50Hertz Transmission GmbH, one of the four major electricity network operators in Germany, has its headquarters in Berlin. The Remptendorf substation is usually also controlled from here. On site, the premises are only used for maintenance and conversion work. As is currently the case.
Time jump in the control room
Walking through the mostly deserted company buildings, we are reminded of the charm of past decades. Fascinated, we stand in a control room that looks as if we have taken a step back in time into the previous century. Volker Fleischer, the third member of the Phoenix Contact team, smiles at the enthusiasm for old material. “I have been with the company for 27 years and still remember this room when it was in active operation.” Fleischer is an expert for the visualization of station control technology.
The actual task of the three engineers is to replace the more than ten-year-old control technology with modern components from Phoenix Contact. Never change a running system – does that not apply here? “Quite simply, the requirements have increased significantly,” explains Fleischer. “Fiberglass and Ethernet connections were already the standard 15 years ago. But now, the whole issue of security has been added. And of course we have also improved and developed our modules further, with increasing processing power. Therefore, renewing the technical components here in Remptendorf is of the utmost importance.”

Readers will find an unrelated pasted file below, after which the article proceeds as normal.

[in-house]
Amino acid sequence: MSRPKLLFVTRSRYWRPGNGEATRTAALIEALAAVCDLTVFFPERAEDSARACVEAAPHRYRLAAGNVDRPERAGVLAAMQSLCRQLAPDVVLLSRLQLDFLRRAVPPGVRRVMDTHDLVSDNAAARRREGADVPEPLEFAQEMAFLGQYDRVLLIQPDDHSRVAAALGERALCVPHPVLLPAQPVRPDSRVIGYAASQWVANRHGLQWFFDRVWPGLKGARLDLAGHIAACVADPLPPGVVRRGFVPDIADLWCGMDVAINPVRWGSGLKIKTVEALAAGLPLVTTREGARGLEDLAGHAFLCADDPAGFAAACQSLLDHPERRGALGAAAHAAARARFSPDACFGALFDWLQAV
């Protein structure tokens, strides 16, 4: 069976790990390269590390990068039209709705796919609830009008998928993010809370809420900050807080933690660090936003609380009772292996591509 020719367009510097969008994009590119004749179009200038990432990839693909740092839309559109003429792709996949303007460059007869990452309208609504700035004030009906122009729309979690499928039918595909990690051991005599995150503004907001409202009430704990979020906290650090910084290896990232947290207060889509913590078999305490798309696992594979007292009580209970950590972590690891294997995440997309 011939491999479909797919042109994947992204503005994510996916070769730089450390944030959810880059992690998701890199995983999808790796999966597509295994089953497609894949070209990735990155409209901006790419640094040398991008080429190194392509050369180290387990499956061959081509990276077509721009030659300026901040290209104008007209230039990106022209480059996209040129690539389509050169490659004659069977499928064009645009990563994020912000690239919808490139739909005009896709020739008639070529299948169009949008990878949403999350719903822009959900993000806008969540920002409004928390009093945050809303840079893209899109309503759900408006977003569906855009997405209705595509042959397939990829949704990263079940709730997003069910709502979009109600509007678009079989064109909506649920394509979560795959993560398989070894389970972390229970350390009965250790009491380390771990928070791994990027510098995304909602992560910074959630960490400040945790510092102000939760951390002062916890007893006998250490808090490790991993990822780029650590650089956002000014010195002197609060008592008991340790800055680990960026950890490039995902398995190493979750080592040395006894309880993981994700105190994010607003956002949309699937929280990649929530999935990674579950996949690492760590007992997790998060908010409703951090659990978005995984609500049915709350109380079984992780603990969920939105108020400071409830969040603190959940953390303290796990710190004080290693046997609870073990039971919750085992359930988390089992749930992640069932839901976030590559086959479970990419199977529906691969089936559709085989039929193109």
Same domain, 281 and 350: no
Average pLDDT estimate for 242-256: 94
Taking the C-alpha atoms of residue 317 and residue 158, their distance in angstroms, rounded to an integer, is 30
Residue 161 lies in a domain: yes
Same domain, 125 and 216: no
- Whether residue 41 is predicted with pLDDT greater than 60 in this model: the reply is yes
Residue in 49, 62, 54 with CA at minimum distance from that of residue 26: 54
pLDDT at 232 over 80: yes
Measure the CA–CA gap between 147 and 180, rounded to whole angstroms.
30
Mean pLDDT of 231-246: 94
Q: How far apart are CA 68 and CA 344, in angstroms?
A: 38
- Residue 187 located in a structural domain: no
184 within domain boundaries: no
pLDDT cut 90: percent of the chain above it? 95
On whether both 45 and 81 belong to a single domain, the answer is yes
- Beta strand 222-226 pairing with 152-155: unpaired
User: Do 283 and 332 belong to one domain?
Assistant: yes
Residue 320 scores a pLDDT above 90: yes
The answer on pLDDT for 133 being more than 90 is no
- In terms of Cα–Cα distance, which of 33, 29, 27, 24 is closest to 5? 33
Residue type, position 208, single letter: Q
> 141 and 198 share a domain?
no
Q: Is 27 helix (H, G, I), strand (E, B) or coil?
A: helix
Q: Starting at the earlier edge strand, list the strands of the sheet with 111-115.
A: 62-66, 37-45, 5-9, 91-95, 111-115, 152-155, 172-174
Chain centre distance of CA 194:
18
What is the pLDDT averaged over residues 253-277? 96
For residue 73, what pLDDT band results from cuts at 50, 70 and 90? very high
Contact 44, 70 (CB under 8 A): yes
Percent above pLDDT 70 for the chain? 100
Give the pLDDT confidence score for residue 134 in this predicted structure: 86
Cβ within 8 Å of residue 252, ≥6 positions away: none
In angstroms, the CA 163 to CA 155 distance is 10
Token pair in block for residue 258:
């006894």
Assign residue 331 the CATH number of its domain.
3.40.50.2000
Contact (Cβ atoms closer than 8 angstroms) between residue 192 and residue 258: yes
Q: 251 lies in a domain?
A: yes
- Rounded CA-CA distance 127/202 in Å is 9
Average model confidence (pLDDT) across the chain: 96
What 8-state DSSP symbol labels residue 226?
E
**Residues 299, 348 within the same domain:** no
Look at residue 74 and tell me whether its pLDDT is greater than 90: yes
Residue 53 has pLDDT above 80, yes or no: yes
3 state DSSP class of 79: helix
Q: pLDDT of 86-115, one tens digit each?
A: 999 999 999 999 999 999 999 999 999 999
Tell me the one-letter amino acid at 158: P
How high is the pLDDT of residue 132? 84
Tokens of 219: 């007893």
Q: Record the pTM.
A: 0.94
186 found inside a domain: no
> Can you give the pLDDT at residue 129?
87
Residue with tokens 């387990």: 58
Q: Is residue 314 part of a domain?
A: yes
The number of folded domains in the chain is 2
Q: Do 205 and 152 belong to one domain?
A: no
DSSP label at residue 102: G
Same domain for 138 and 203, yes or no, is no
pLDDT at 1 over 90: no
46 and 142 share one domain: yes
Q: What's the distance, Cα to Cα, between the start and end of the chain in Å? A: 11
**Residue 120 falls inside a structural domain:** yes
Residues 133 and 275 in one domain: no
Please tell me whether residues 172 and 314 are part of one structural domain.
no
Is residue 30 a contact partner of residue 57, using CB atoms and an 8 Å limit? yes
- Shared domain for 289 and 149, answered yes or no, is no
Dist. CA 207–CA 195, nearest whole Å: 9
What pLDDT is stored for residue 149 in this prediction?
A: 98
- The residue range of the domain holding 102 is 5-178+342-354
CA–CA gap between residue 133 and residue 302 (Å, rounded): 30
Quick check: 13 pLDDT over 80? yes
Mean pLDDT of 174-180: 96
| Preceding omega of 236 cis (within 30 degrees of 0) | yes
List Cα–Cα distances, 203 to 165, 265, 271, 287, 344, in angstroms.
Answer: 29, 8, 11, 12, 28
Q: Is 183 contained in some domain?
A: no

Ehrhardt adds, “In general, the restructuring of the power grids is placing an ever-greater burden on the grid operators. And also at the extra-high voltage level. The old one-way street principle is no longer sufficient in times of fluctuating energy feed-in from renewable energies. Large offshore systems or future energy storage power stations make it necessary for operators to keep their grids under control at all times and in real time using the latest remote control technology. And of course, the systems have to run stably 24/7 and have a service life of at least ten years.”
Jumping through the high grass
There is no lack of work for the Energy Automation team of experts, because the 50Hertz power grid covers the entire eastern part of Germany, including the connection of offshore wind farms. In addition, the team also accepts orders from Tennet, another grid operator. And the rest of the Republic? “It is looked after by colleagues from Velbert, where the Energy Competence Center of the Phoenix Contact Group is located.” While twelve specialists in Gera take care of the crackling high voltage, the team in Velbert, North Rhine-Westphalia, with around 90 experts ensures that it doesn’t get dark in Germany.
The only thing that remains constant is the current itself. With a broad grin, the 50Hertz employee accompanying us tells us about summer tours for student groups. “When they walk between the systems in thin sandals across the damp grass, they really start jumping around.” Our Phoenix Contact colleagues from Gera do not jump around when walking through the impressive system. Sturdy footwear and a profound knowledge base make dealing with extra-high voltage a technological challenge, but not a life-threatening undertaking.